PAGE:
Coding Pain Management of the Spine
By David Zielske, MD, CPC-H, CPC-CARDIO, CCS, RCC
Diagnostic spinal procedures include lumbar puncture, myelography, discography, biopsy and aspiration along with plain film radiography, nuclear medicine, CT, and MRI studies. Put these together with the clinical findings of a patient and an action plan for pain management can be formulated. There are many therapeutic options available. This review will focus on image guided percutaneous needle based interventions of the spine for treatment of neck and back pain.
Causes of spine-related pain consist of disease related to the bones of the spine (vertebral body compression fractures, tumor involvement), the joints of the spine (facet arthropathy), the nerves (nerve root compression, irritation and inflammation related to disc compression or neural foraminal stenosis), the intervertebral discs (bulging, herniation, desiccation, infection, the ligaments (ligamentum flavum hypertrophy with associated spinal stenosis) or cerebrospinal fluid (CSF) leaks, or pseudotumor cerebrii.
Vertebral body interventions for pain consist of stabilization of fractures (usually related to osteoporosis or malignancy). Options include vertebroplasty, kyphoplasty, arcuplasty, and radiofrequency ablation. The placement of methylmethacrylate (cement) into the vertebral body (with or without cavity creation) is utilized to treat unrelenting pain related to non-acute vertebral body compression fractures. Most back pain is relieved over time while the fracture heals; however, when the pain persists and is debilitating these interventional procedures resolve pain instantaneously in up to 80 percent of appropriately chosen interventions. The procedure may utilize fluoroscopic CPT® code 72291 Radiological supervision and interpretation, percutaneous vertebroplasty or vertebral augmentation including cavity creation, per vertebral body; under fluoroscopic guidance or CT guidance (CPT® code 72292 under CT guidance) and is usually performed with the patient in a prone position via a unilateral or bilateral transpedicular approach (same codes regardless of approach as long as percutaneous). The guidance codes are used once per vertebral body treated and may be used multiple times if multiple vertebroplasties are performed. If a cavity is created using kyphoplasty (a balloon) and arcuplasty (a bone cutting wire) to perform vertebral augmentation including cavity creation, the CPT® codes used are:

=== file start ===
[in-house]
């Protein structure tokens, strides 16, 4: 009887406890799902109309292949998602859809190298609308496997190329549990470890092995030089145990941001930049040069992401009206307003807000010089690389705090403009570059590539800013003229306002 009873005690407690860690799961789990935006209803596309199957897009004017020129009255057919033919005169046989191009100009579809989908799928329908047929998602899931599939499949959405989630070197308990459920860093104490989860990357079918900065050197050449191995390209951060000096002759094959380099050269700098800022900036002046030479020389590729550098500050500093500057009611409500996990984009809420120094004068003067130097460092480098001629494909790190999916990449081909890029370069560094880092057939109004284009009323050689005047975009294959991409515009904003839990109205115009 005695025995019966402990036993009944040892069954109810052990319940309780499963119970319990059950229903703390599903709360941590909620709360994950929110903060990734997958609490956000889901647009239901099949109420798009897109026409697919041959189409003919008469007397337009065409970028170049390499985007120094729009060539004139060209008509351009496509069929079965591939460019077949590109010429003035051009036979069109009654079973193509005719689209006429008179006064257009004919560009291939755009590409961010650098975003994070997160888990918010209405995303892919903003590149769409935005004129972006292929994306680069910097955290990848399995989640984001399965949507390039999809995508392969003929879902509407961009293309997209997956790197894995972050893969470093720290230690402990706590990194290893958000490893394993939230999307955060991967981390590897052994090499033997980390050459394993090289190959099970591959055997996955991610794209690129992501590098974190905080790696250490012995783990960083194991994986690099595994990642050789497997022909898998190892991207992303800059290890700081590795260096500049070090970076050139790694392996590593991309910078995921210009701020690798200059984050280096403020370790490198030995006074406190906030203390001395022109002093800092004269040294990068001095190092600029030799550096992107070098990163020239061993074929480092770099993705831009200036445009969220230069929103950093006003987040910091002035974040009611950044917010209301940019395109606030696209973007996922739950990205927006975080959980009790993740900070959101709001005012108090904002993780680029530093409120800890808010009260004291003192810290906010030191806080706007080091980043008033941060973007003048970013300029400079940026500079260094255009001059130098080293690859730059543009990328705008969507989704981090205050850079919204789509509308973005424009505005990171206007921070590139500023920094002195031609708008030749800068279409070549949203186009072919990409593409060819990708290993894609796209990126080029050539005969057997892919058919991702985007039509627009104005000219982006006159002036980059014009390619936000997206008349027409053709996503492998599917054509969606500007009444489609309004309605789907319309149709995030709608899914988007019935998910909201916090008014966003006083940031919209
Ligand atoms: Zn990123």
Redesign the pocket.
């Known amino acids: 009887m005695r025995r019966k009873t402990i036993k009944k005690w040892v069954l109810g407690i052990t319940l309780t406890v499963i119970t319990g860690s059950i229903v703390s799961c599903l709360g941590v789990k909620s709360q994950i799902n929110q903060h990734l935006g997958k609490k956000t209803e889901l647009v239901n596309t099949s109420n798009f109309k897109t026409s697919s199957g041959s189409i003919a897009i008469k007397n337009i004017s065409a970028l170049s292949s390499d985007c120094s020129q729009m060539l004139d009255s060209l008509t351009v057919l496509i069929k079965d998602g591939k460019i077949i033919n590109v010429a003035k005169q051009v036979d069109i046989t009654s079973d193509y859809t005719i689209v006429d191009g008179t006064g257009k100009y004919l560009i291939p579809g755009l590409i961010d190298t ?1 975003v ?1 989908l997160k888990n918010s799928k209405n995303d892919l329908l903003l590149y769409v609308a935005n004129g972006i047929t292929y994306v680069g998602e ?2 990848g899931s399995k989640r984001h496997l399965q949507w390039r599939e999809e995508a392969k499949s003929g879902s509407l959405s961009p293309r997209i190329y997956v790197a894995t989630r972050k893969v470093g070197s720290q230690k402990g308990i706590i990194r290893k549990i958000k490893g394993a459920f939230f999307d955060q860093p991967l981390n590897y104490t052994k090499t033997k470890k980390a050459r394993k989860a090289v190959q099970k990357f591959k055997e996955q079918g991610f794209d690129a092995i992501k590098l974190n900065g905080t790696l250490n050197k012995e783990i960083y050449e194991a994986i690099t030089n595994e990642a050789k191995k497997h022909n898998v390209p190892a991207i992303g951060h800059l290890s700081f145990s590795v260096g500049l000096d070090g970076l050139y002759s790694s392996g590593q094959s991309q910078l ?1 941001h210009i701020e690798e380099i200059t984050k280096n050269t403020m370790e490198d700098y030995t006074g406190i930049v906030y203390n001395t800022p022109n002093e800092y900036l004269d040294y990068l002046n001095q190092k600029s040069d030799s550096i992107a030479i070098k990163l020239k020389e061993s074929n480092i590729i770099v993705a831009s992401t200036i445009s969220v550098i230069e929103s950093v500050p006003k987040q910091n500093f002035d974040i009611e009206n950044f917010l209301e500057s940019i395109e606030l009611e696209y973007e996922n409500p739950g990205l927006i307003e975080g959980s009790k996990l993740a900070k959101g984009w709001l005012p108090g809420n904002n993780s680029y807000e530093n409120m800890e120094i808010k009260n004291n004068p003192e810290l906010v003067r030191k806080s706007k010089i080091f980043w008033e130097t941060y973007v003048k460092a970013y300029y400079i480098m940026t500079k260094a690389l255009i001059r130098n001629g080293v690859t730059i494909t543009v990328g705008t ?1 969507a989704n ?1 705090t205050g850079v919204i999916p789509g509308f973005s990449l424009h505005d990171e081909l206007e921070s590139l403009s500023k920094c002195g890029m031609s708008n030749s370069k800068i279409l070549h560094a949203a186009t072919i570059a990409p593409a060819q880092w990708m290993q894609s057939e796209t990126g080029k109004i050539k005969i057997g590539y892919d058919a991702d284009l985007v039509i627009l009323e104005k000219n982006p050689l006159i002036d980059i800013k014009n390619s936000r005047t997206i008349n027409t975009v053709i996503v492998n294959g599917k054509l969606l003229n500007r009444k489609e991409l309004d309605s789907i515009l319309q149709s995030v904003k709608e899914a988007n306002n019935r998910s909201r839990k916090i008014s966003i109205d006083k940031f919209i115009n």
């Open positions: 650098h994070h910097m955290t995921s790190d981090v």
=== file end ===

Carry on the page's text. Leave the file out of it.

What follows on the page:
Percutaneous vertebral augmentation, including cavity creation (fracture reduction and bone biopsy included when performed) using mechanical devise, one vertebral body, unilateral or bilateral cannulation (eg, kyphoplasty); thoracic
each additional thoracic or lumbar vertebral body (List separately in addition to code for primary procedure)
If the injection of cement occurs without prior cavity creation, it is considered a vertebroplasty and is described by CPT® codes 22520 Pertcutaneous vertebroplasty, one vertebral body, unilateral or bilateral injection; thoracic, 22521 lumbar and 22522 Pertcutaneous vertebroplasty, one vertebral body, unilateral or bilateral injection; each additional thoracic or lumbar vertebral body (List separately in addition to code for primary procedure). Occasionally, an RF ablation of a bony tumor of the spine is performed for pain control and is described by CPT® code 20982 Ablation, bone tumor(s) (eg, osteoid osteoma, metastasis) radiofrequency, percutaneous, including computed tomographic guidance. This code includes CT guidance. If performed with fluoroscopic guidance, CPT® codes 22899 Unlisted procedure, spine and 77002 Fluoroscopic guidance for needle placement (eg, biopsy, aspiration, injection, localization device) are used to describe the procedure.
The facet block is perhaps the most common pain management procedure performed. When the facets from adjacent vertebral bodies overlap each other and cause inflammation of posterior bony structures as well as the adjacent nerves, an injection of an anesthetic agent along with a long acting steroid is commonly used. These procedures may be performed at multiple levels and sides. Coding for facet blocks is per joint (there is a right and a left facet joint at each vertebral body level designated by the overlapping facets (e.g. L3-L4 would reference the facet joint involving the L4 superior facet and the L3 inferior facet where they overlap). Modifier 50 is appropriate when bilateral facets are treated. Use the initial facet block CPT® codes 64470 Injection, anesthetic agent and/or steroid, paravertebral facet joint or facet joint nerve; cervical or thoracic, single level and 64475 Injection, anesthetic agent and/or steroid, paravertebral facet joint or facet joint nerve; lumbar or sacral, single level for the first level treated. Use additional level CPT® codes 64472 Injection, anesthetic agent and/or steroid, paravertebral facet joint or facet joint nerve; cervical or thoracic, each additional level (List separately in addition to code for primary procedure) for cervical/thoracic and 64476 lumbar or sacral, each additional level (List separately in addition to code for primary procedure) for lumbar/sacral as often as needed to describe the procedure when performed at multiple additional levels. The facet block is most often performed using fluoroscopic guidance (CPT® code 77003 Fluoroscopic guidance and localization of needle or catheter tip for spine or paraspinous diagnostic or therapeutic injection procedures (epidural, transforaminal epidural, subarachnoid, paravertebral facet joint, paravertebral facet joint nerve, or sacroiliac joint), including neurolytic agent destruction), which is billed once per segment of vertebral bodies (e.g., guidance for all lumbar facet blocks is 77003 x 1) regardless of the number of facets treated in the lumbar region.